§ LORD NORTON
thought that if neither the system of election proposed in the Bill nor that in the Amendment would give satisfaction to the shipowners, it would be better to have no advising council at all, but to leave the Board of Trade free to obtain the best opinions it could in each case. Nothing justified the establishment of a Consultative Committee, at all but the hope of making it a representative body, which shipowners generally would recognize; otherwise it 1433 was only mischievous, as dividing responsibility.
§ THE EARL OF RAVENSWORTH
said, the ships chiefly affected by the Bill included the magnificent vessels belonging to the great lines of passenger steamers. The noble Earl had met him to a certain extent, and, indeed, to such an extent that he should hardly be justified in putting their Lordships to the trouble of a Division. At the same time he could not help thinking that the plan for appointing the Council laid down in the Bill was a very halting and unsatisfactory one.
Amendment negatived; First Schedule agreed to.
§ SECOND SCHEDULE.
§ Matters for which the Rules are to provide.
THE EARL OF ONSLOW ,
in moving an Amendment in the 2nd clause of the Second Schedule, said, the Schedule dealt with "matters for which the rules are to provide," and the 2nd clause was—The number and description of the boats, life-boats, life-rafts, life-jackets, and life buoys to be carried by British ships, according to the class in which they are arranged, and the methods to be provided to get the boats and other life-saving appliances into the water.The Amendment was to insert, after the word "arranged," the words—And the mode of their construction, also the equipments to be carried by the boats and rafts.The best method of saving lives was to prevent ships from sinking, and when shipowners made proper provision in the way of construction, water-tight compartments and bulkheads, he proposed that the Consultative Committee should have power to take this into consideration in mitigation of the obligations which they would otherwise apply. The second part of the Amendment was intended to meet the views of the noble Lord who had an Amendment to allow regulations to be made as to what should be carried in boats in the way of life-saving apparatus.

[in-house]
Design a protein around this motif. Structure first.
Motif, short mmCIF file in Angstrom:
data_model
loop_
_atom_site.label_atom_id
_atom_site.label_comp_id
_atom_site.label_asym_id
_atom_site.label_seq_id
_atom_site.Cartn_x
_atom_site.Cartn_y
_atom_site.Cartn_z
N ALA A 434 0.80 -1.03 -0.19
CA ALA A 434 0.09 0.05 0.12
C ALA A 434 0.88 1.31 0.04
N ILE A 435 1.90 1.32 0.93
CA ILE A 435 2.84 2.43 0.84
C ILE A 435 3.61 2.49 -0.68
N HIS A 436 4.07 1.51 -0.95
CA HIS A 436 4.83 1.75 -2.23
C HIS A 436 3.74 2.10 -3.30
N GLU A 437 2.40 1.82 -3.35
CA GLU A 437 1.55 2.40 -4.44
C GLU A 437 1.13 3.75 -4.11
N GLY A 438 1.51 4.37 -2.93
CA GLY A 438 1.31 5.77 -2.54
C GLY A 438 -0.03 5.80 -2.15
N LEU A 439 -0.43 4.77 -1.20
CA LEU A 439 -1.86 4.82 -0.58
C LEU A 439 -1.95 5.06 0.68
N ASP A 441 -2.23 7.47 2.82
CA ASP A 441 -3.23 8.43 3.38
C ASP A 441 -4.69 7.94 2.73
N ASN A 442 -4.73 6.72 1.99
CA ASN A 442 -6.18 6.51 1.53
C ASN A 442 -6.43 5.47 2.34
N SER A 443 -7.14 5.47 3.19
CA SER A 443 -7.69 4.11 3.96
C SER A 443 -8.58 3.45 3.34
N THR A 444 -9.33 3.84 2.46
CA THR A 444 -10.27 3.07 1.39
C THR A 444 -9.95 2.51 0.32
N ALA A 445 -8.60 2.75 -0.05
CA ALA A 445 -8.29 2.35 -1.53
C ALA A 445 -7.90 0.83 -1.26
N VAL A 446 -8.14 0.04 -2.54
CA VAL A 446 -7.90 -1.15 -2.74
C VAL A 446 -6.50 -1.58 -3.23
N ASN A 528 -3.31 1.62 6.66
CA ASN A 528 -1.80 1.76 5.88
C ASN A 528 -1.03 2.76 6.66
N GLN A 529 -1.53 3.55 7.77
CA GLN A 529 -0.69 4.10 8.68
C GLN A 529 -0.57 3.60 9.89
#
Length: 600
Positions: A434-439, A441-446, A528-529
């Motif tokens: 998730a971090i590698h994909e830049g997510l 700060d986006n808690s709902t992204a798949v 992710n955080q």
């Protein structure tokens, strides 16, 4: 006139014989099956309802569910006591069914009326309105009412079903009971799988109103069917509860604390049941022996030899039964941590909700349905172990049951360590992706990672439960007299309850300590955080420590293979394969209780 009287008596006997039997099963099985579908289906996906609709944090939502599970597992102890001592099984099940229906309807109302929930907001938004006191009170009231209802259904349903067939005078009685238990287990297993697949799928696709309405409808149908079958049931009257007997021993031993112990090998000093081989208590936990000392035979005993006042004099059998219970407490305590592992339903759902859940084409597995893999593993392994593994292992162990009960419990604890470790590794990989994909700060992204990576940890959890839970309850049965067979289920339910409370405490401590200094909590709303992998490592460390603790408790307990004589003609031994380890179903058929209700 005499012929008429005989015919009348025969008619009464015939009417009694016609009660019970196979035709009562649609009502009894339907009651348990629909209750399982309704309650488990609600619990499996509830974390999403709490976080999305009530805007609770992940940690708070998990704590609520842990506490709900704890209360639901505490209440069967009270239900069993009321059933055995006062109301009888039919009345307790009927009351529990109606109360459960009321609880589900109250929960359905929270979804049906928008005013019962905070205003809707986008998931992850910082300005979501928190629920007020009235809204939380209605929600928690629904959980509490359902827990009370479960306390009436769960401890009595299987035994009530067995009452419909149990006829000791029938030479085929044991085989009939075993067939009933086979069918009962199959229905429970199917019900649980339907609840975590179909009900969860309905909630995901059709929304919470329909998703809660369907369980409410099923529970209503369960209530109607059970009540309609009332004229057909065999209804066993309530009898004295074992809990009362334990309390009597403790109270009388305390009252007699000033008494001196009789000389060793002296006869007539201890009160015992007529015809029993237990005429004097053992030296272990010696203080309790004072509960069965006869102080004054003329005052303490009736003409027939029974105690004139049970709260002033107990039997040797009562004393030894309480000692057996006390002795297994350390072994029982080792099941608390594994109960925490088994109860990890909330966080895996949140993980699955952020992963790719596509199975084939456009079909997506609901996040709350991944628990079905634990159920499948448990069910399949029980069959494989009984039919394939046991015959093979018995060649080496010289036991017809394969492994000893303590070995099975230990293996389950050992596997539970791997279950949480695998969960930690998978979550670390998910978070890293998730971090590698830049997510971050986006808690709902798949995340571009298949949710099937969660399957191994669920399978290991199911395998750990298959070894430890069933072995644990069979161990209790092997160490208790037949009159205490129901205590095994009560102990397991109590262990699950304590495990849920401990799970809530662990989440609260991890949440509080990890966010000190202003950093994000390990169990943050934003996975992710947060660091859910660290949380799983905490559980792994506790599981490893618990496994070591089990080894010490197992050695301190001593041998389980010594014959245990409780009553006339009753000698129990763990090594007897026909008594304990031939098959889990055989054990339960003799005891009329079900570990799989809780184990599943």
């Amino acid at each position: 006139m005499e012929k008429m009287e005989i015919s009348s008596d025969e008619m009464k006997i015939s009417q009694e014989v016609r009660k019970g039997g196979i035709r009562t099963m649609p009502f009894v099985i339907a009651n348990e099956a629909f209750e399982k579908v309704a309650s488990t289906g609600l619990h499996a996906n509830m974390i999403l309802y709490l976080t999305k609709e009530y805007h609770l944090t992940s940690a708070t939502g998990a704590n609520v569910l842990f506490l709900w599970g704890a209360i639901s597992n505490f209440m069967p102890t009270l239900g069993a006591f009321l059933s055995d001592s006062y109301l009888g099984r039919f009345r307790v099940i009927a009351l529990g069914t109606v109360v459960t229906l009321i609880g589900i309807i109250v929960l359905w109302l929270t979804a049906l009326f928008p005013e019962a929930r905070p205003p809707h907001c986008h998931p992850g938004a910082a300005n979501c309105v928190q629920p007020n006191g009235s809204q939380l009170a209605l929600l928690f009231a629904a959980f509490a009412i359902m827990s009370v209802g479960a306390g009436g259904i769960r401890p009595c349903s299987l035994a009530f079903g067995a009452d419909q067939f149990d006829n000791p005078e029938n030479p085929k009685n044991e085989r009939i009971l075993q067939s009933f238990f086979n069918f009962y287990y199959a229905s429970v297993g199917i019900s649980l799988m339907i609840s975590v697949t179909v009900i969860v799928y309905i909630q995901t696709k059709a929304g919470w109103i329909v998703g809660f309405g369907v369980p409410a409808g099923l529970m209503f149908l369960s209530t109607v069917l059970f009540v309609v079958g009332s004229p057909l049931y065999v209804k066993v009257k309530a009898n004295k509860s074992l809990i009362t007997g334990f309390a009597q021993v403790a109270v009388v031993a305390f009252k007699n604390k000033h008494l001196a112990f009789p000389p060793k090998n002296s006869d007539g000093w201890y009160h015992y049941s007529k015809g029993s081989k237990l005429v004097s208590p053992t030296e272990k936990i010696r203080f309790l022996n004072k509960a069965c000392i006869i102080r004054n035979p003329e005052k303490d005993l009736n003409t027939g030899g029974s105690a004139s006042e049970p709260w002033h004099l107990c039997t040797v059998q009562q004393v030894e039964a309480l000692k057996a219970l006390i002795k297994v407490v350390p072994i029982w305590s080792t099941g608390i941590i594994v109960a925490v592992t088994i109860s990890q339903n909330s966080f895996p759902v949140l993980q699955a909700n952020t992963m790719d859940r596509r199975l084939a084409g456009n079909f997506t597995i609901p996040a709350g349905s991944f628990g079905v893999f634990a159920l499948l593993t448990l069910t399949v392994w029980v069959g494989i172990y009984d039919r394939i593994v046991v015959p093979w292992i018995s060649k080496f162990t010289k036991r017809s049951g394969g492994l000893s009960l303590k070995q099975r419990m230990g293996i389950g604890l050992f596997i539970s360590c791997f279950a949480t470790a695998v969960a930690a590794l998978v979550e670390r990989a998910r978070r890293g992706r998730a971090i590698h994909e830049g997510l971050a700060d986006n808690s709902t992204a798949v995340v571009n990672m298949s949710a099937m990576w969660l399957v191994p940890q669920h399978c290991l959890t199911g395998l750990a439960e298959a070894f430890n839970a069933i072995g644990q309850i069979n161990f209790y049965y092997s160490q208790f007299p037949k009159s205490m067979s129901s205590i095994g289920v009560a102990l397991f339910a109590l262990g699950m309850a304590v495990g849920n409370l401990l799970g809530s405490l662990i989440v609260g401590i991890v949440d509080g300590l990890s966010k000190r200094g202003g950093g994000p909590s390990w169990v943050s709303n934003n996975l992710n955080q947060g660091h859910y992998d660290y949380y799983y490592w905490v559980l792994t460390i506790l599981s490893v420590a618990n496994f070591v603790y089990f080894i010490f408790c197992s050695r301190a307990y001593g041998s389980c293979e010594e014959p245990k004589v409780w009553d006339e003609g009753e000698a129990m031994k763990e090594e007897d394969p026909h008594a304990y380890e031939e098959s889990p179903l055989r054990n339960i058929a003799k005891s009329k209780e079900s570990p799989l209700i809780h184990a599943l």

Amendment moved,In Second Schedule, page 5, line 1, after ("arranged") insert ("and the mode of their construction, also the equipments to be carried by the boats and rafts.")—(The Earl of Onslow.)
§ THE EARL OF RAVENSWORTH
said, this was a good Amendment, because it 1434 did justice to the immense improvements which were constantly being made in shipbuilding. The Amendment would only affect a certain class, but that the very best class of ships.
Amendment agreed to.
§ LORD COTTESLOE ,